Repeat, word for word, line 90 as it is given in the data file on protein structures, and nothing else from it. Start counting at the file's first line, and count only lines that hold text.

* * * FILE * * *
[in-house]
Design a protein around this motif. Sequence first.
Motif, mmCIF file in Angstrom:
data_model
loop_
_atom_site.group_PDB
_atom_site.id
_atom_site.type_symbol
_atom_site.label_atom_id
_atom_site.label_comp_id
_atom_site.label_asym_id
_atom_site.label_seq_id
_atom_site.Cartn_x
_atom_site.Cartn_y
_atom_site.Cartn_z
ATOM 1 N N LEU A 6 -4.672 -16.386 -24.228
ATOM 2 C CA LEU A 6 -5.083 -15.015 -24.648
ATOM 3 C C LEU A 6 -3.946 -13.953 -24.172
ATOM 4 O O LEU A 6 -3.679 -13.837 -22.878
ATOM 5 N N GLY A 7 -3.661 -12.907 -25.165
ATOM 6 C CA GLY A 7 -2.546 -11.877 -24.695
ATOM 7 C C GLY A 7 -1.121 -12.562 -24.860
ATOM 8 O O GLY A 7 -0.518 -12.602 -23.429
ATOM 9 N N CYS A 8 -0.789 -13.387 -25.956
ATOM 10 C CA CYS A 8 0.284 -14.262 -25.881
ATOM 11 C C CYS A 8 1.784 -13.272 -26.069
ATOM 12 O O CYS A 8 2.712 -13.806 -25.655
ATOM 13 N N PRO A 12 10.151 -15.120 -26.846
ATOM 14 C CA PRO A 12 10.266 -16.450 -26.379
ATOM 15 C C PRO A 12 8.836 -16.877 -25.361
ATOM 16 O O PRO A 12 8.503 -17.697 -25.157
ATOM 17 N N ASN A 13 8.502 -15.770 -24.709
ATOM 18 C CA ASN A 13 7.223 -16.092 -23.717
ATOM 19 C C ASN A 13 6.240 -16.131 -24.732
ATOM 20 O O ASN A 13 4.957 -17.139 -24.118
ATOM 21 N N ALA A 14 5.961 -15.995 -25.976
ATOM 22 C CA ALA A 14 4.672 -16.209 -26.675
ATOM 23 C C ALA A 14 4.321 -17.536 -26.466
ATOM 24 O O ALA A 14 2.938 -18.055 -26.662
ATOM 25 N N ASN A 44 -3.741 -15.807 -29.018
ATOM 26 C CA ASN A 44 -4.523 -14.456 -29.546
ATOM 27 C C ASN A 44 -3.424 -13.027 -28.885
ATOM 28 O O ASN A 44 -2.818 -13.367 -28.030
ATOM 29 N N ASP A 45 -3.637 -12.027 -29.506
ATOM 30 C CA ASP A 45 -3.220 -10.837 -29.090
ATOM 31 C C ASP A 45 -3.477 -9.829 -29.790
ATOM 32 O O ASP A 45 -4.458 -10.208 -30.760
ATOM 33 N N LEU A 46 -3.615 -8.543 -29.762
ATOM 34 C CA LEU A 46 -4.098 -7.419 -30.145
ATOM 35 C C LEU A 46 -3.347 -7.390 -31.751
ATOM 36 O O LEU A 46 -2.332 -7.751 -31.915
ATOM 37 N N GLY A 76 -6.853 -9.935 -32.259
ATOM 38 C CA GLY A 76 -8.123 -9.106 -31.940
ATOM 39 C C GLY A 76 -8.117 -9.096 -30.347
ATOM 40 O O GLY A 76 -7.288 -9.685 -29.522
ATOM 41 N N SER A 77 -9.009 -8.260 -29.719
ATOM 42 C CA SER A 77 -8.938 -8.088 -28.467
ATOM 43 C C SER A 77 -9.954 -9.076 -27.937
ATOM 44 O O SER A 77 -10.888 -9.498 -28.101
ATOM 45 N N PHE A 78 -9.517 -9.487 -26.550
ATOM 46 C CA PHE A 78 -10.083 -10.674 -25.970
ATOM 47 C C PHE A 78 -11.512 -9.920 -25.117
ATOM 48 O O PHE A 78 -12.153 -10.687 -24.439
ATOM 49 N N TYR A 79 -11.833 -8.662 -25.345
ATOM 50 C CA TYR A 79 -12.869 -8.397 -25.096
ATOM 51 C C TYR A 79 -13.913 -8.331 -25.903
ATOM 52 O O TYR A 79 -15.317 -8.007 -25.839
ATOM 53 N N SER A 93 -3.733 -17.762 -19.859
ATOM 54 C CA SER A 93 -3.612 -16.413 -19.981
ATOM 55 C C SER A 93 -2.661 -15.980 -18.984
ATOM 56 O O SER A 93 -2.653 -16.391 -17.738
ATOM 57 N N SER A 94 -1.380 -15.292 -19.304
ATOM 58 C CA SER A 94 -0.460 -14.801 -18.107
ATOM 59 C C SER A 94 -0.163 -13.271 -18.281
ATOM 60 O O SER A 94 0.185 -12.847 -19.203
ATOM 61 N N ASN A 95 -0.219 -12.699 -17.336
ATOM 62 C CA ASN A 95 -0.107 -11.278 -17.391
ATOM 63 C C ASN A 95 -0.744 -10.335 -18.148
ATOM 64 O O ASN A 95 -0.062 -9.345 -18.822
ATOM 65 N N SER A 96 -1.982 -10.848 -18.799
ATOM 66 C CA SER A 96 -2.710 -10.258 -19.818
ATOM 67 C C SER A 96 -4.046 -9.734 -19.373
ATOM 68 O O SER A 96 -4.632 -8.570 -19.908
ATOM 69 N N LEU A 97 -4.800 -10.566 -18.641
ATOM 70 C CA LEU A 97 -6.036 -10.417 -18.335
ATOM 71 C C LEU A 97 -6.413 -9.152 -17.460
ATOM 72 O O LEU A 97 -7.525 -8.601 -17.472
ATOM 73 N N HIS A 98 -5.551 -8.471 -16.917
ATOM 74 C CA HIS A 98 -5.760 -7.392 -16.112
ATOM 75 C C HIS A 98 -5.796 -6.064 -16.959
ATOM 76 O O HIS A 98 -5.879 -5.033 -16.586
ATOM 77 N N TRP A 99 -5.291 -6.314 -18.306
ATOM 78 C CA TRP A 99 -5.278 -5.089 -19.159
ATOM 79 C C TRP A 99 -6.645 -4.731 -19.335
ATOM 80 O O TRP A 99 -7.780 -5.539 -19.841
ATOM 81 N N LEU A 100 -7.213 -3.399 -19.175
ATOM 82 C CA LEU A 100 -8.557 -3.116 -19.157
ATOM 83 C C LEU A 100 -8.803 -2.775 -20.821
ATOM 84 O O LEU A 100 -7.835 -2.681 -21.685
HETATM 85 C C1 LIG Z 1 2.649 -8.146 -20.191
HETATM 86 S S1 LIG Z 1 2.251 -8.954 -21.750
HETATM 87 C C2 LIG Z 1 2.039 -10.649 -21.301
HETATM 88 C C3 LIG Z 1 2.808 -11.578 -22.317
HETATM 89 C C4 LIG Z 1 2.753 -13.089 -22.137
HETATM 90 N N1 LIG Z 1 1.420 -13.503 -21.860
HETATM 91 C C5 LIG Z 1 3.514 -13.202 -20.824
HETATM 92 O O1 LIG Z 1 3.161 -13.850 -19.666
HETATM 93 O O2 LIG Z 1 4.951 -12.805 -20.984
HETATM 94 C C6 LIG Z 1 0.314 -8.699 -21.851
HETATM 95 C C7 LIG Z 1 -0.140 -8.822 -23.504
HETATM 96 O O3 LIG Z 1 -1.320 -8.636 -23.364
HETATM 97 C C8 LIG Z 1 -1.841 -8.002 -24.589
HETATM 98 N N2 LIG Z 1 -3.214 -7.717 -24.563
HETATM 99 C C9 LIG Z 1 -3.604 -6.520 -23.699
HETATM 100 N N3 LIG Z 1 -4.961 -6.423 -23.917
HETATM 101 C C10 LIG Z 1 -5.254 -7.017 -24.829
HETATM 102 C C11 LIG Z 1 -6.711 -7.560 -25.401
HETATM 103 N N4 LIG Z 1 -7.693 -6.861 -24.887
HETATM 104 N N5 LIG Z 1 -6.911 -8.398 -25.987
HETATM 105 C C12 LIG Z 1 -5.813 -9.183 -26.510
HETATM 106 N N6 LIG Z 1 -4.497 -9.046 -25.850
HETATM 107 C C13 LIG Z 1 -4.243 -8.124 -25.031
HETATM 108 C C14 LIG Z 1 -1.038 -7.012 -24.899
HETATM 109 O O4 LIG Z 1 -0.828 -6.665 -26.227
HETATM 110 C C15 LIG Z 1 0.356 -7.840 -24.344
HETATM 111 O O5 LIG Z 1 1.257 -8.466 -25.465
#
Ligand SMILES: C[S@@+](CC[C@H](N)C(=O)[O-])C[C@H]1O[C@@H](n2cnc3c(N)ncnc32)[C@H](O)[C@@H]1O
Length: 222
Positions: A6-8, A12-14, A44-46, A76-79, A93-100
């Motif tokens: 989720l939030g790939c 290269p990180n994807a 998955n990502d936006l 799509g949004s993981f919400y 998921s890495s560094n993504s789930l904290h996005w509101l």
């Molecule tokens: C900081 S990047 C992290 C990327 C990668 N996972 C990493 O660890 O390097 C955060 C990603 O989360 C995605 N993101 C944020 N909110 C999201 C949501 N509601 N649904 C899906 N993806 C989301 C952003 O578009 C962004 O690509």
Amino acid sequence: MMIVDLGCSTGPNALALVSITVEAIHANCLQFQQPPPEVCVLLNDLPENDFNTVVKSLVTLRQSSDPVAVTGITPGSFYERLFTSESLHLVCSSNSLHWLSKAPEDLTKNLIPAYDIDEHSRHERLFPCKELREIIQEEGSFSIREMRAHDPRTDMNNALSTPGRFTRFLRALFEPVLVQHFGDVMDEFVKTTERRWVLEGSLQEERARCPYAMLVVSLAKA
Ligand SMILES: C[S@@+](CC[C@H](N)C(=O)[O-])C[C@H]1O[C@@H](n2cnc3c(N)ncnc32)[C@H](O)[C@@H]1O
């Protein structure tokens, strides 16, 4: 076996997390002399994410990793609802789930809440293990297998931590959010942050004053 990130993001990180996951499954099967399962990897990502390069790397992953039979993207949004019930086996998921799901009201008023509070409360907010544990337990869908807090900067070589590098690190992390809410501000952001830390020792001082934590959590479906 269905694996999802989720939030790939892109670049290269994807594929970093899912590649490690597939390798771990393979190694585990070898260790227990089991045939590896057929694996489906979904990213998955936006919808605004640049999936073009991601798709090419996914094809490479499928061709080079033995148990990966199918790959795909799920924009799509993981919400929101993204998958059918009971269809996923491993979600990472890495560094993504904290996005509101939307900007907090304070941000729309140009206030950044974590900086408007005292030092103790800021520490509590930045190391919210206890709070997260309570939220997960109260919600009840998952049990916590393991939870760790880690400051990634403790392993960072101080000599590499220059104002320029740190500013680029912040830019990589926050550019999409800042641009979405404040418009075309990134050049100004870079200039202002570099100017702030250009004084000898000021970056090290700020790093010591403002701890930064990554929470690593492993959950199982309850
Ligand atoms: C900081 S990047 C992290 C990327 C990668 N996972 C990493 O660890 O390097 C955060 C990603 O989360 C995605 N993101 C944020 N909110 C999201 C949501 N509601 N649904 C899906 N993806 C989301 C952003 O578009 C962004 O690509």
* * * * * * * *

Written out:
ATOM 75 C C HIS A 98 -5.796 -6.064 -16.959